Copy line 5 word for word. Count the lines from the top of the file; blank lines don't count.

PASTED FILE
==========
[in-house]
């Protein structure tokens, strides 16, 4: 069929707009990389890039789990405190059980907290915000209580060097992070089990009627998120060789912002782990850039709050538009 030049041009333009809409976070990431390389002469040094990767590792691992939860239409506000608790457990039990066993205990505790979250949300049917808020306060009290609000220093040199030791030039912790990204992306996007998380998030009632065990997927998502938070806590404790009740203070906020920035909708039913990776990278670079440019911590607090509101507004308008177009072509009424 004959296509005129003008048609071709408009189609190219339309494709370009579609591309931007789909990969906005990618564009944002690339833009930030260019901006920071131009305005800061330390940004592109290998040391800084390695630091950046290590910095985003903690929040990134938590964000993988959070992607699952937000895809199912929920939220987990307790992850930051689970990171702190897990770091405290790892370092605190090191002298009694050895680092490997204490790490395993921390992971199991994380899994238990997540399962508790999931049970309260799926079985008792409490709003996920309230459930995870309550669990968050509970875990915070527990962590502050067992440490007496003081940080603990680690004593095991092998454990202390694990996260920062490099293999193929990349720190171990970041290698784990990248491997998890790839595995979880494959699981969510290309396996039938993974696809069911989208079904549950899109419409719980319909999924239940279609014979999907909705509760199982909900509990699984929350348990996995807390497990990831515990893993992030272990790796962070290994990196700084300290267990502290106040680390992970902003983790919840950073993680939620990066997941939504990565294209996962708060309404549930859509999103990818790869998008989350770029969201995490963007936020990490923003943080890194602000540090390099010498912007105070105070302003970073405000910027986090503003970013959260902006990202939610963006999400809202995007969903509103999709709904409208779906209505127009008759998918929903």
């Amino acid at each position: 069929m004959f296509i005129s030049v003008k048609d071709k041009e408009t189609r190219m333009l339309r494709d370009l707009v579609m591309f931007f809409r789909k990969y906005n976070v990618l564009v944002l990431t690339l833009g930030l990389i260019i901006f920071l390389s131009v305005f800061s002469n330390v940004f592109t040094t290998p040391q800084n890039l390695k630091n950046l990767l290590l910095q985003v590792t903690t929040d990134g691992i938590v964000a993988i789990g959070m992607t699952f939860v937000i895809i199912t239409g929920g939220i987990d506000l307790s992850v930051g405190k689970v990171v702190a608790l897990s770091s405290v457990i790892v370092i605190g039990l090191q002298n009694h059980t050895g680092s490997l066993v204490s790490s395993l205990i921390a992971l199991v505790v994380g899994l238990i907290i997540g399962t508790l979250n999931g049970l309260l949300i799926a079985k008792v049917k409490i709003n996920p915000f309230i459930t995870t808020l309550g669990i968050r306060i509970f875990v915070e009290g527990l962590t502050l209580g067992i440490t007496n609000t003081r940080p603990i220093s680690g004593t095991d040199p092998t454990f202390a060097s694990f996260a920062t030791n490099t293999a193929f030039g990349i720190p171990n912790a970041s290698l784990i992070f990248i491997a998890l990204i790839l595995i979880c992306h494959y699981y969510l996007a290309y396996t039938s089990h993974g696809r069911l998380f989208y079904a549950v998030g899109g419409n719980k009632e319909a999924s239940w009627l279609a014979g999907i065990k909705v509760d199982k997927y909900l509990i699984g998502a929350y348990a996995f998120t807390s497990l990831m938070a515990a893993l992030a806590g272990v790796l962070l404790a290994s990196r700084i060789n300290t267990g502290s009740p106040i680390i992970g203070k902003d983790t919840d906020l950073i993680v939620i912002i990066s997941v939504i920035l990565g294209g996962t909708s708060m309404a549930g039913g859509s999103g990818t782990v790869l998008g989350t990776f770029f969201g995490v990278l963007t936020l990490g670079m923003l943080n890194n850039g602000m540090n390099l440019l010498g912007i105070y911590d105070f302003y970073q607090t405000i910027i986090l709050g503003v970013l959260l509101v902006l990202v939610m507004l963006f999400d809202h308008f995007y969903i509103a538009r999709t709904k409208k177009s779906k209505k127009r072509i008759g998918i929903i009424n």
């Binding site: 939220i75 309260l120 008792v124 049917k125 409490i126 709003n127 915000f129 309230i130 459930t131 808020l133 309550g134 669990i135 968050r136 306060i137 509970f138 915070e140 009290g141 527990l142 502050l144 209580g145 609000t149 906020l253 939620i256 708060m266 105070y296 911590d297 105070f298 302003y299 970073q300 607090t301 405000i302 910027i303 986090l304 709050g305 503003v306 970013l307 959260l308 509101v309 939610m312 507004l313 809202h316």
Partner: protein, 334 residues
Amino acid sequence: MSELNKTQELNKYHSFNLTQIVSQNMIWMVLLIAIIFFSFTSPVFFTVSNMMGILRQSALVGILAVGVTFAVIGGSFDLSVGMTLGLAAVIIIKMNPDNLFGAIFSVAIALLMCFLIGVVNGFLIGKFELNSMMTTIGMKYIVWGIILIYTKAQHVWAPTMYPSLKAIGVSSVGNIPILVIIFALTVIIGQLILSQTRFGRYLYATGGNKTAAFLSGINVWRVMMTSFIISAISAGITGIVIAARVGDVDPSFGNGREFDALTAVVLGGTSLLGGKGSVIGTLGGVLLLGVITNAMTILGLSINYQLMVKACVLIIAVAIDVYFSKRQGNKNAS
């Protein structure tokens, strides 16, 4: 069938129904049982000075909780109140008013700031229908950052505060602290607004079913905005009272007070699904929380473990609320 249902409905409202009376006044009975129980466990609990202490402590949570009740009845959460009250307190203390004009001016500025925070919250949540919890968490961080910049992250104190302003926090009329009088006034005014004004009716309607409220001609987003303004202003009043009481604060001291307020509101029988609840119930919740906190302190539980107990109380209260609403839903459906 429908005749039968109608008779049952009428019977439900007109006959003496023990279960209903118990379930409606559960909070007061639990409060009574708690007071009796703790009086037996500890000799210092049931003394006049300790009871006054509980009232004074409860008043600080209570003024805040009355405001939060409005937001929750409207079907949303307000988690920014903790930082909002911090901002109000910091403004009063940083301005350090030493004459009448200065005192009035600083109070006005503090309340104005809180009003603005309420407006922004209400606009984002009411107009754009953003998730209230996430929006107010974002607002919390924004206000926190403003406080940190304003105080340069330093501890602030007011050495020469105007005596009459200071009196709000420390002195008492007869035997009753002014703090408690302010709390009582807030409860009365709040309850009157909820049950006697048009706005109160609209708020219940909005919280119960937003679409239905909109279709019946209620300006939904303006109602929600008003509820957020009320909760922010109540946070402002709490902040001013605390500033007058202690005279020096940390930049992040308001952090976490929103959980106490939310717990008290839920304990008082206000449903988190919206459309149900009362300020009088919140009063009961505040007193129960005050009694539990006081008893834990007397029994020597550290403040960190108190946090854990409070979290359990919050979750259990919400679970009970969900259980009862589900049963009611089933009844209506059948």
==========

Partner: protein, 334 residues